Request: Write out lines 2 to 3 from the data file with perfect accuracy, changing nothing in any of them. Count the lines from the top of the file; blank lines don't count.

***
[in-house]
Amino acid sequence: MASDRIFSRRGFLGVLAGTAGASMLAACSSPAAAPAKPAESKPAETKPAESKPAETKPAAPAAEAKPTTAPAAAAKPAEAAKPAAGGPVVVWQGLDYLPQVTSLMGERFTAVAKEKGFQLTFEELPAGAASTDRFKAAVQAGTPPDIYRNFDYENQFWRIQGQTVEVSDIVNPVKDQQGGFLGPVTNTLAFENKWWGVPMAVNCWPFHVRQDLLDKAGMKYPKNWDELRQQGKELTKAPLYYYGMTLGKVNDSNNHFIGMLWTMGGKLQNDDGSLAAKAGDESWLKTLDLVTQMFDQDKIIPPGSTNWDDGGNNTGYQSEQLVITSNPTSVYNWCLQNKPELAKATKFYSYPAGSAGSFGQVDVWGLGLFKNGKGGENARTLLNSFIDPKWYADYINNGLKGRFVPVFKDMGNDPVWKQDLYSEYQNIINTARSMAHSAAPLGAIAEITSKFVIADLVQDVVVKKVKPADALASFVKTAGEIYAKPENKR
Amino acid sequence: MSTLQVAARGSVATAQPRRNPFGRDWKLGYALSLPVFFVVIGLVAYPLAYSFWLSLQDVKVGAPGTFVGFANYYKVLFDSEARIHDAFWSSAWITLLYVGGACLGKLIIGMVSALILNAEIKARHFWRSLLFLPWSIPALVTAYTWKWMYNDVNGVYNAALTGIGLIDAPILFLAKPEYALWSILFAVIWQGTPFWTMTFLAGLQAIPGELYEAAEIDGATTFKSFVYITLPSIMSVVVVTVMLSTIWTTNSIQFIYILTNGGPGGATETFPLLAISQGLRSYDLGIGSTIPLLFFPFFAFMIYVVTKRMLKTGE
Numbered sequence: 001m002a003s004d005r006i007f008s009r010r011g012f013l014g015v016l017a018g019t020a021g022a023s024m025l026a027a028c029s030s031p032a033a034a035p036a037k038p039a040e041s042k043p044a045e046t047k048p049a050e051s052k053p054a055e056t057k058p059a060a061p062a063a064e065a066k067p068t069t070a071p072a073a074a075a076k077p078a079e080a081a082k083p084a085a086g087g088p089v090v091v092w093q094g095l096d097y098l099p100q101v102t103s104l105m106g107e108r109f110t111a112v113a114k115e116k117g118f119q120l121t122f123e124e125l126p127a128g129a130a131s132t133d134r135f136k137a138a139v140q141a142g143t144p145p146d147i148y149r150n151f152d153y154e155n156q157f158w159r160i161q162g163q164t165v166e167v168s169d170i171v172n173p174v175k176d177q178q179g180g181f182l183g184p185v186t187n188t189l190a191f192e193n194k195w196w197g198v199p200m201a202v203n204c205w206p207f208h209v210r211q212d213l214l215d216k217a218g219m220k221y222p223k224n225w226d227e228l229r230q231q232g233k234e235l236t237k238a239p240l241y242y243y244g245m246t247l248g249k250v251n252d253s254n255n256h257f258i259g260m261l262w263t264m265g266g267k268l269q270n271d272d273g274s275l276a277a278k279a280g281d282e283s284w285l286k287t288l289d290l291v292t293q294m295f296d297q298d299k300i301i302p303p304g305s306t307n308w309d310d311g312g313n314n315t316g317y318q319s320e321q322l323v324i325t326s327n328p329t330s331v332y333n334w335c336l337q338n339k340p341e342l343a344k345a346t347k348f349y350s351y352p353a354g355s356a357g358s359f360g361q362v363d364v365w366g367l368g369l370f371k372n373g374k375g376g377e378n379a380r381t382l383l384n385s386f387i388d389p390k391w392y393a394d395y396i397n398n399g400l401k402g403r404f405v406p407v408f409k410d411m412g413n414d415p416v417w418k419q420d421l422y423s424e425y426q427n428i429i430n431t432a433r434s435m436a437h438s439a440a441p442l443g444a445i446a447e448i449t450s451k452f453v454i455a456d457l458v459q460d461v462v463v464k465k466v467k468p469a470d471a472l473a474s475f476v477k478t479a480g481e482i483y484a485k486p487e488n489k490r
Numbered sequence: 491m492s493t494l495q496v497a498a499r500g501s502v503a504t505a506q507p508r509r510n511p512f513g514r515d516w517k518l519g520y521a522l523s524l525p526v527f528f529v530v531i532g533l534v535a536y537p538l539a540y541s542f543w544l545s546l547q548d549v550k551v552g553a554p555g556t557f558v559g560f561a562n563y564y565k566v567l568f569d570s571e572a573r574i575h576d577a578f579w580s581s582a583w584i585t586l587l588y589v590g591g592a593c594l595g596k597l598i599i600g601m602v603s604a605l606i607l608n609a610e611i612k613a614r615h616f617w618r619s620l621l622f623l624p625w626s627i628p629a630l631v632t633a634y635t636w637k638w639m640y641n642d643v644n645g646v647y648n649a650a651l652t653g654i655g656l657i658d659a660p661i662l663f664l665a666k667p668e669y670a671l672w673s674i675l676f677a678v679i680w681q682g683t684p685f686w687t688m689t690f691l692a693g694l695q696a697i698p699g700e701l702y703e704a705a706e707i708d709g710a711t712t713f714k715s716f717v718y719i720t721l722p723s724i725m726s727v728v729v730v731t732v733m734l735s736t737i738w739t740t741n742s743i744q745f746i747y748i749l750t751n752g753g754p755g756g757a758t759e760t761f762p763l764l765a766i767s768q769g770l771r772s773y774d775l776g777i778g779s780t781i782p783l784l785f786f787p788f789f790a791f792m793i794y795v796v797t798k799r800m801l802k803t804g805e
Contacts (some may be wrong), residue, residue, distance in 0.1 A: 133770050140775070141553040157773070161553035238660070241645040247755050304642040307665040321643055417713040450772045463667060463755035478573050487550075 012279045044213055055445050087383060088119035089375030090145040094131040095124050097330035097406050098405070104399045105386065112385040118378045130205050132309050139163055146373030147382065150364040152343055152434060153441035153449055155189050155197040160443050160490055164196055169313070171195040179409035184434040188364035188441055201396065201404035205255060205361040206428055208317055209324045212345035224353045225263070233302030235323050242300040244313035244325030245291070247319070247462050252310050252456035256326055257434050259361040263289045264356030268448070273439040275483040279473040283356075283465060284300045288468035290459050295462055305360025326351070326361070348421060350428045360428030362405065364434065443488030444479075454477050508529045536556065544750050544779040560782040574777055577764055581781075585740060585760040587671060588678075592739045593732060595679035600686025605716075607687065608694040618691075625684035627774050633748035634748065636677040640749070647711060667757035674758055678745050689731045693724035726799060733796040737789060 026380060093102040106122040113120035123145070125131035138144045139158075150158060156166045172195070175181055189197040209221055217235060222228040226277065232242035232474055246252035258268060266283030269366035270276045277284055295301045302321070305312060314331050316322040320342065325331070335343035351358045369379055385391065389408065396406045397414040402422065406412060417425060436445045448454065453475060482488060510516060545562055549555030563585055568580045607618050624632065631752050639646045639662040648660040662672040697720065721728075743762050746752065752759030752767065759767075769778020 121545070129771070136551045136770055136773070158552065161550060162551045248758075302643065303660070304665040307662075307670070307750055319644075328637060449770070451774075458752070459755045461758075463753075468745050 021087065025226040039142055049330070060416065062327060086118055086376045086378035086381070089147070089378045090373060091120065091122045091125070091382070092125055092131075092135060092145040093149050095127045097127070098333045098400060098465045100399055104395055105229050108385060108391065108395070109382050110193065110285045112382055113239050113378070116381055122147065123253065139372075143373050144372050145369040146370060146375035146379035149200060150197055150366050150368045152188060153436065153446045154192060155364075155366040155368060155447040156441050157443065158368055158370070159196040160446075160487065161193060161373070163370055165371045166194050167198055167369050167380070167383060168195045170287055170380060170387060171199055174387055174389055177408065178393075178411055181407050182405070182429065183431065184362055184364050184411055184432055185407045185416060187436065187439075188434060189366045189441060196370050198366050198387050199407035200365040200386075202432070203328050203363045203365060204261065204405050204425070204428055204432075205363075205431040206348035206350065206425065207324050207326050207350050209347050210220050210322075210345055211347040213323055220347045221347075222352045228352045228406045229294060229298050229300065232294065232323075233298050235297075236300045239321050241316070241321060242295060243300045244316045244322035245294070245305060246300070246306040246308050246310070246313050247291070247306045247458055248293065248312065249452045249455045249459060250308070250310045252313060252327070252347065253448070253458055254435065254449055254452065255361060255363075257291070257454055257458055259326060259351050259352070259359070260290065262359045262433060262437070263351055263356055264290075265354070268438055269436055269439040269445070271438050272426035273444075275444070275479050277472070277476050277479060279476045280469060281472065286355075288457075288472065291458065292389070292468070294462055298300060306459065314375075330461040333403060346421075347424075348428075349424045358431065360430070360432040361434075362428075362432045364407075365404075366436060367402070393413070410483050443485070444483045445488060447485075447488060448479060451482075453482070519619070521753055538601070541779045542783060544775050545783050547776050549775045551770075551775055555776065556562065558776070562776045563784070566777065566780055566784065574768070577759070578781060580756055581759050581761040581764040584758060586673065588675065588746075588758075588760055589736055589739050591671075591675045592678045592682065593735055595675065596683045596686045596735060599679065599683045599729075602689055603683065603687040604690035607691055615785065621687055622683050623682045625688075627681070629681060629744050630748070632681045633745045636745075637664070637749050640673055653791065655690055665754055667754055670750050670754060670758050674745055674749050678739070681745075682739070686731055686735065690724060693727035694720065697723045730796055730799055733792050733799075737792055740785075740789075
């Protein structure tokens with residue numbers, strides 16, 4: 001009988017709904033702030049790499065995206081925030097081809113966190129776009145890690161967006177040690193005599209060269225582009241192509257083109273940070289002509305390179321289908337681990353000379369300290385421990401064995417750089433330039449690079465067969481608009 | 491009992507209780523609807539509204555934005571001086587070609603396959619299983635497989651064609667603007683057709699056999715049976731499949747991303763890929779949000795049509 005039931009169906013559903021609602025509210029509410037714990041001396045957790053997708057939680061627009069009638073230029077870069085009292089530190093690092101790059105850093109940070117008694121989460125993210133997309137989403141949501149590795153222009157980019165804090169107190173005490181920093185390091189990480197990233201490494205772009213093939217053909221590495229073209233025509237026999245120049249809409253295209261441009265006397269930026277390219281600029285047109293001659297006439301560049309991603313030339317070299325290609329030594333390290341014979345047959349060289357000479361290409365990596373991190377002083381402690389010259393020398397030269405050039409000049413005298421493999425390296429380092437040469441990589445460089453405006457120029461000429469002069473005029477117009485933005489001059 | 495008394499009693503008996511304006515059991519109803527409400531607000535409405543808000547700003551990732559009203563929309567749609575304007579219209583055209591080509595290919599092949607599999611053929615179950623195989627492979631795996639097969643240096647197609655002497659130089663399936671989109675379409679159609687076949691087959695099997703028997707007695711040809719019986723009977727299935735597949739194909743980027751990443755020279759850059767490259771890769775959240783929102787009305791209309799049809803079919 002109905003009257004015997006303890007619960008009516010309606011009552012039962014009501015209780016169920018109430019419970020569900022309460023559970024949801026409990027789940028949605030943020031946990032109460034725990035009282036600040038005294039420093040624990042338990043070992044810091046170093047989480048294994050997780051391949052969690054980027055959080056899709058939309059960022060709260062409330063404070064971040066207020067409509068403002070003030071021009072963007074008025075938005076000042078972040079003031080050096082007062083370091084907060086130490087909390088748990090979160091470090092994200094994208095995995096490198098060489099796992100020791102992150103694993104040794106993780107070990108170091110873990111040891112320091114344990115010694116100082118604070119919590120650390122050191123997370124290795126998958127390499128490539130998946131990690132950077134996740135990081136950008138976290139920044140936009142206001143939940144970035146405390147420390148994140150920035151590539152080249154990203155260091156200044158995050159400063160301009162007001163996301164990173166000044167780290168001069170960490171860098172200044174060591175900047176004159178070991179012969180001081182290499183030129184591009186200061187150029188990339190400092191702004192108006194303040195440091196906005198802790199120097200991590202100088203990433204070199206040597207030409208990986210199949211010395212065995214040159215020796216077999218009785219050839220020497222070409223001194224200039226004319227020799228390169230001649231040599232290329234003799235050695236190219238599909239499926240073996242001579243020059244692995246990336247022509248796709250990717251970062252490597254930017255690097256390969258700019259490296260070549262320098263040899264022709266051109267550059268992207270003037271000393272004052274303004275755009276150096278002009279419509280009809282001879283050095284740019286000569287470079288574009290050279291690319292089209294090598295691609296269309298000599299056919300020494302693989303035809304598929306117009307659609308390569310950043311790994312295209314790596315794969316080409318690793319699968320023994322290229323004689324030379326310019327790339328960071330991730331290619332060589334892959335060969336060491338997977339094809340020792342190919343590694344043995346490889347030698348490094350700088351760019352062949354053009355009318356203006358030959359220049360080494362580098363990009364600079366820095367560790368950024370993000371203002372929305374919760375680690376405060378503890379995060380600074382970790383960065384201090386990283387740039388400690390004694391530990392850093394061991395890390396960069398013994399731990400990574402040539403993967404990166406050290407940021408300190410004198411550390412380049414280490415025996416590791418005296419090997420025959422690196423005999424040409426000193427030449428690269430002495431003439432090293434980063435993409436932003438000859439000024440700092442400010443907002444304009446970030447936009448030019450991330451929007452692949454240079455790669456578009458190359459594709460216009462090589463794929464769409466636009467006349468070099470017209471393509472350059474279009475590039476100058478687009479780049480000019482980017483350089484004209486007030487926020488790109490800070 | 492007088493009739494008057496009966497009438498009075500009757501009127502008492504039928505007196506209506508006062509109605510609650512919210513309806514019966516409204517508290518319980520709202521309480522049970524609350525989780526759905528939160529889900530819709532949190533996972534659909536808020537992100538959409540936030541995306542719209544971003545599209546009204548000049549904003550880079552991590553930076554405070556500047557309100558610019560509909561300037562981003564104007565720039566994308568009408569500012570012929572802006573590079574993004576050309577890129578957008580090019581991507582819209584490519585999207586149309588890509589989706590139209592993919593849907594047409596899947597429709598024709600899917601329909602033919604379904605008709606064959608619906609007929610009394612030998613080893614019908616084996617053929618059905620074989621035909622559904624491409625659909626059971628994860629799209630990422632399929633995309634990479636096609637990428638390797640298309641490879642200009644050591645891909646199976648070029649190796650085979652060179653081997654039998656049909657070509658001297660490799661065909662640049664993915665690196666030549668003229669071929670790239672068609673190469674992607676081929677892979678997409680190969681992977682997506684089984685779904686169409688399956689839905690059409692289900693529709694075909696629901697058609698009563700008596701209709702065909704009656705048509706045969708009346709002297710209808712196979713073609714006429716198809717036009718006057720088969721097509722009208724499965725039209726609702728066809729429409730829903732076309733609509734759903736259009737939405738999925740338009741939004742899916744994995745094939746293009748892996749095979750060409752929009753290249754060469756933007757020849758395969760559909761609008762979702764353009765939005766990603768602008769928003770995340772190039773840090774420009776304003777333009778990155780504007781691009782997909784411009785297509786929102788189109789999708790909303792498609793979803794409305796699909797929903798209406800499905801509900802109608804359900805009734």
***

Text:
Amino acid sequence: MASDRIFSRRGFLGVLAGTAGASMLAACSSPAAAPAKPAESKPAETKPAESKPAETKPAAPAAEAKPTTAPAAAAKPAEAAKPAAGGPVVVWQGLDYLPQVTSLMGERFTAVAKEKGFQLTFEELPAGAASTDRFKAAVQAGTPPDIYRNFDYENQFWRIQGQTVEVSDIVNPVKDQQGGFLGPVTNTLAFENKWWGVPMAVNCWPFHVRQDLLDKAGMKYPKNWDELRQQGKELTKAPLYYYGMTLGKVNDSNNHFIGMLWTMGGKLQNDDGSLAAKAGDESWLKTLDLVTQMFDQDKIIPPGSTNWDDGGNNTGYQSEQLVITSNPTSVYNWCLQNKPELAKATKFYSYPAGSAGSFGQVDVWGLGLFKNGKGGENARTLLNSFIDPKWYADYINNGLKGRFVPVFKDMGNDPVWKQDLYSEYQNIINTARSMAHSAAPLGAIAEITSKFVIADLVQDVVVKKVKPADALASFVKTAGEIYAKPENKR
Amino acid sequence: MSTLQVAARGSVATAQPRRNPFGRDWKLGYALSLPVFFVVIGLVAYPLAYSFWLSLQDVKVGAPGTFVGFANYYKVLFDSEARIHDAFWSSAWITLLYVGGACLGKLIIGMVSALILNAEIKARHFWRSLLFLPWSIPALVTAYTWKWMYNDVNGVYNAALTGIGLIDAPILFLAKPEYALWSILFAVIWQGTPFWTMTFLAGLQAIPGELYEAAEIDGATTFKSFVYITLPSIMSVVVVTVMLSTIWTTNSIQFIYILTNGGPGGATETFPLLAISQGLRSYDLGIGSTIPLLFFPFFAFMIYVVTKRMLKTGE